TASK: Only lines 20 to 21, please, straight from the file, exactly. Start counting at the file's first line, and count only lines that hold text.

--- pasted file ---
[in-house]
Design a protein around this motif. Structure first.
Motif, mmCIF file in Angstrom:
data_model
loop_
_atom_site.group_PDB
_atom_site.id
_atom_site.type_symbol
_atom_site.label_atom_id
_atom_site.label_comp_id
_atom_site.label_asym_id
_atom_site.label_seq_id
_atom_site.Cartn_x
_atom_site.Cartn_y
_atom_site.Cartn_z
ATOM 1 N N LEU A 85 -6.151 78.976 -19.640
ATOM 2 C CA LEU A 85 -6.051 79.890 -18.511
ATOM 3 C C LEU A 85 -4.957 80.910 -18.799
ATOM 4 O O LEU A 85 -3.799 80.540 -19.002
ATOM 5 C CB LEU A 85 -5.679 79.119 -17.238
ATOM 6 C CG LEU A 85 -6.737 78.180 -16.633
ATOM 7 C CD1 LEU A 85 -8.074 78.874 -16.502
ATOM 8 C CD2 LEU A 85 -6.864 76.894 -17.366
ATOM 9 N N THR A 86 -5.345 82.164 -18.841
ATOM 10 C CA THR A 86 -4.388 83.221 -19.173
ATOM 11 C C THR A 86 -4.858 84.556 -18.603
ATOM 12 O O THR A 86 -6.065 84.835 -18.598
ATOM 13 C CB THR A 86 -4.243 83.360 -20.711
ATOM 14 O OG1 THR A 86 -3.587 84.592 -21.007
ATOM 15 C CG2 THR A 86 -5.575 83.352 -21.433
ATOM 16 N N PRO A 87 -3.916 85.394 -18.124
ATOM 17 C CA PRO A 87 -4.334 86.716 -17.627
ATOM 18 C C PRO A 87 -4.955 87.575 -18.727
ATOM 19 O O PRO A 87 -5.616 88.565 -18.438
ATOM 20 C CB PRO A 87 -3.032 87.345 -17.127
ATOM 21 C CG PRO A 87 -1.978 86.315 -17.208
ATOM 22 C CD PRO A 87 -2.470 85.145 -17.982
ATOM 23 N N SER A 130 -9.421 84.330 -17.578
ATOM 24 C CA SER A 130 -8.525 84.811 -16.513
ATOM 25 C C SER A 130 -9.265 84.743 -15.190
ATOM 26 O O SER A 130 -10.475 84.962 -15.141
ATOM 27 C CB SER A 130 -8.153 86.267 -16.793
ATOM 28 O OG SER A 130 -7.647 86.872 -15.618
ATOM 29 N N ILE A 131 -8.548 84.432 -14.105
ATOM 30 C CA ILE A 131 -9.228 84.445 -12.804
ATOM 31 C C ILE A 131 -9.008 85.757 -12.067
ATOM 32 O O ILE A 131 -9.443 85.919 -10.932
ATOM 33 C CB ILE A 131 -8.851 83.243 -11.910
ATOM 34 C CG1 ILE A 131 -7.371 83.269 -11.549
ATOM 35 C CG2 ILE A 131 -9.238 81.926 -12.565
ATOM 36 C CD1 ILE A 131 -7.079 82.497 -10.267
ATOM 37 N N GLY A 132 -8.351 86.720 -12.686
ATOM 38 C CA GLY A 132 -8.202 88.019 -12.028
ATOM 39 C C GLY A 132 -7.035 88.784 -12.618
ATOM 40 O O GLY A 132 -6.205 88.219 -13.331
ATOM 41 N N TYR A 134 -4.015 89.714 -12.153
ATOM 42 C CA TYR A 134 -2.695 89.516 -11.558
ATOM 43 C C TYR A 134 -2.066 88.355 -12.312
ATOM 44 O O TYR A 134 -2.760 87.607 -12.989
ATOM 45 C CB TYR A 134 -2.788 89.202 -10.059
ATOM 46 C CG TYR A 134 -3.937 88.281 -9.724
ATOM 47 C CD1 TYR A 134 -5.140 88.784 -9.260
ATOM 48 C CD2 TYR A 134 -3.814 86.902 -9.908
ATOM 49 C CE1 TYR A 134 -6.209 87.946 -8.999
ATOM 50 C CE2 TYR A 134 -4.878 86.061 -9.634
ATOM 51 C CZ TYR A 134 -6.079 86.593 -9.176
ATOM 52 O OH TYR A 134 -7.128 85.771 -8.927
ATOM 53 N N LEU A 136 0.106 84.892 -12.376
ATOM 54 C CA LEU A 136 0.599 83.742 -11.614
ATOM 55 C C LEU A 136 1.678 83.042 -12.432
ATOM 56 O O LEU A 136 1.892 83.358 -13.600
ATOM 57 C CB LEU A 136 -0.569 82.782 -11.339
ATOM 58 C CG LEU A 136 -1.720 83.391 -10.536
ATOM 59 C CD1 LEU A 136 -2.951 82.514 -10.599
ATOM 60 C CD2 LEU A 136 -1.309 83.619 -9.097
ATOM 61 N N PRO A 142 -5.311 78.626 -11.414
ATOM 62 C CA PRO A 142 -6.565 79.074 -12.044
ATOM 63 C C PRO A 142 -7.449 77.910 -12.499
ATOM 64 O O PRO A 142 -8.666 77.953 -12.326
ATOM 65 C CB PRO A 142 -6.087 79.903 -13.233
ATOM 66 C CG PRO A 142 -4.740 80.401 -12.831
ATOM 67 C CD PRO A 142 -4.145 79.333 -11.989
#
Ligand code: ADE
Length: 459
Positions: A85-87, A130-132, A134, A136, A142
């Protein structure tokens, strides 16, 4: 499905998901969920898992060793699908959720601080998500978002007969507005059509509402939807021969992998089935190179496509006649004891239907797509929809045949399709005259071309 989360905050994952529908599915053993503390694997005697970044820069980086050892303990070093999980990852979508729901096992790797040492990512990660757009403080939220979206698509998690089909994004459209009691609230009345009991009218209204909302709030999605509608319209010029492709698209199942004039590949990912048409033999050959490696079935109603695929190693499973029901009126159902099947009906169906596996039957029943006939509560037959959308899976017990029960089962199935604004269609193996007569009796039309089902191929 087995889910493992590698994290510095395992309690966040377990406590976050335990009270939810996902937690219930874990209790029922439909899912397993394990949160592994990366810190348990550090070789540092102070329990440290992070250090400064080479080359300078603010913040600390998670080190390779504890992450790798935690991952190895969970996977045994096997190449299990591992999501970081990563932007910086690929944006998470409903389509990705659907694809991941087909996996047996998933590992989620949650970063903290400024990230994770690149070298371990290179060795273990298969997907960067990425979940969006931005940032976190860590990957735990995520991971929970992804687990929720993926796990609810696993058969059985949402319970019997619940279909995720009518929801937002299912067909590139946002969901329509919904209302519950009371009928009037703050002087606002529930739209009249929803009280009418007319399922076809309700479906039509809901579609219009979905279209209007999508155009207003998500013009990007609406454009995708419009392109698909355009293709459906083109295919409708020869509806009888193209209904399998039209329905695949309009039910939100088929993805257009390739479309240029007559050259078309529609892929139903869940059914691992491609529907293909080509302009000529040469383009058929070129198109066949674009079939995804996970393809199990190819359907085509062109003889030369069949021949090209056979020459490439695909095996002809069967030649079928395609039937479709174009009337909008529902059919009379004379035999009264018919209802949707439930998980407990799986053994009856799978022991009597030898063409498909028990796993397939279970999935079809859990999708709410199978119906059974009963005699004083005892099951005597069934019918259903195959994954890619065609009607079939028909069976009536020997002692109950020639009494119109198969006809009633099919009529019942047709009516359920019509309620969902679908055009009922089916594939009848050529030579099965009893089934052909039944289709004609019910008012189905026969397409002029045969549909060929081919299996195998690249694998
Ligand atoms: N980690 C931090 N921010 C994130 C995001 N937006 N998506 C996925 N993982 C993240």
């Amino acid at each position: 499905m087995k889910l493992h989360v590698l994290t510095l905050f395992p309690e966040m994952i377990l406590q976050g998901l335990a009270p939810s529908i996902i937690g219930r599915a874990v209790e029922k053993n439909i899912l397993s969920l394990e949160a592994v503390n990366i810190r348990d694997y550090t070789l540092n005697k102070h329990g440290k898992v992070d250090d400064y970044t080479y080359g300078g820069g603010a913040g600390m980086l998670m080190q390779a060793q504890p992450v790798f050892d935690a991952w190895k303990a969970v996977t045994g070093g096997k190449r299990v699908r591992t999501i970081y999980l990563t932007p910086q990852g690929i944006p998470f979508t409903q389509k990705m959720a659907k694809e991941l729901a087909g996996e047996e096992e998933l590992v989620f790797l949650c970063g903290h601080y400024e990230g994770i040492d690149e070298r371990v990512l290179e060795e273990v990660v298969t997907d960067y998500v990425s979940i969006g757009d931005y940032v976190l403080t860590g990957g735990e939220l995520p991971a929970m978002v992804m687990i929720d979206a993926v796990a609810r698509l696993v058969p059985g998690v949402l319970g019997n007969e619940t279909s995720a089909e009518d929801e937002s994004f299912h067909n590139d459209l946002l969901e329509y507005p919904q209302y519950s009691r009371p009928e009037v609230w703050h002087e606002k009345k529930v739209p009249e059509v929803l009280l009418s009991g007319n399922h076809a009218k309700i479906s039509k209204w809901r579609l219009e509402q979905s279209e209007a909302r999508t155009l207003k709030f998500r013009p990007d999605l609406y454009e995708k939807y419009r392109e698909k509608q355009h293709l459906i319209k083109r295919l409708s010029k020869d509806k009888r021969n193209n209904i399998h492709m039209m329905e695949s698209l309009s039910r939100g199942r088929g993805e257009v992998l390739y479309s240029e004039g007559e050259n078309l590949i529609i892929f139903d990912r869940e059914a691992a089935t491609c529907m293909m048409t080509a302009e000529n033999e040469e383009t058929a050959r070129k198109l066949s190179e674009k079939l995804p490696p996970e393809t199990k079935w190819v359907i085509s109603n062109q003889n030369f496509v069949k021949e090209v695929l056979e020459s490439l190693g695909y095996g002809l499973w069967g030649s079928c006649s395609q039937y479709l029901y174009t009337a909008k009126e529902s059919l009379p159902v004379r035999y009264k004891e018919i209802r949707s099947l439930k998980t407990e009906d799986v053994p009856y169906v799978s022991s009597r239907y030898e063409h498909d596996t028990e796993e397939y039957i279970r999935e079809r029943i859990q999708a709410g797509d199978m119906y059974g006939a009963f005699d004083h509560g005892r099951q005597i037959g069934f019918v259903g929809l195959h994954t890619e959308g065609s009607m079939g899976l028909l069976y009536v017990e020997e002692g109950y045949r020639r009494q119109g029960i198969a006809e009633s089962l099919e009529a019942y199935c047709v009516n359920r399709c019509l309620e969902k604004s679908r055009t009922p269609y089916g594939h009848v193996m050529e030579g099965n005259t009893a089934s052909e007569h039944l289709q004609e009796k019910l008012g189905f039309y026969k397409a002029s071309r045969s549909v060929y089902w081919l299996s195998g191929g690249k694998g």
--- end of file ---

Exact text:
ATOM 5 C CB LEU A 85 -5.679 79.119 -17.238
ATOM 6 C CG LEU A 85 -6.737 78.180 -16.633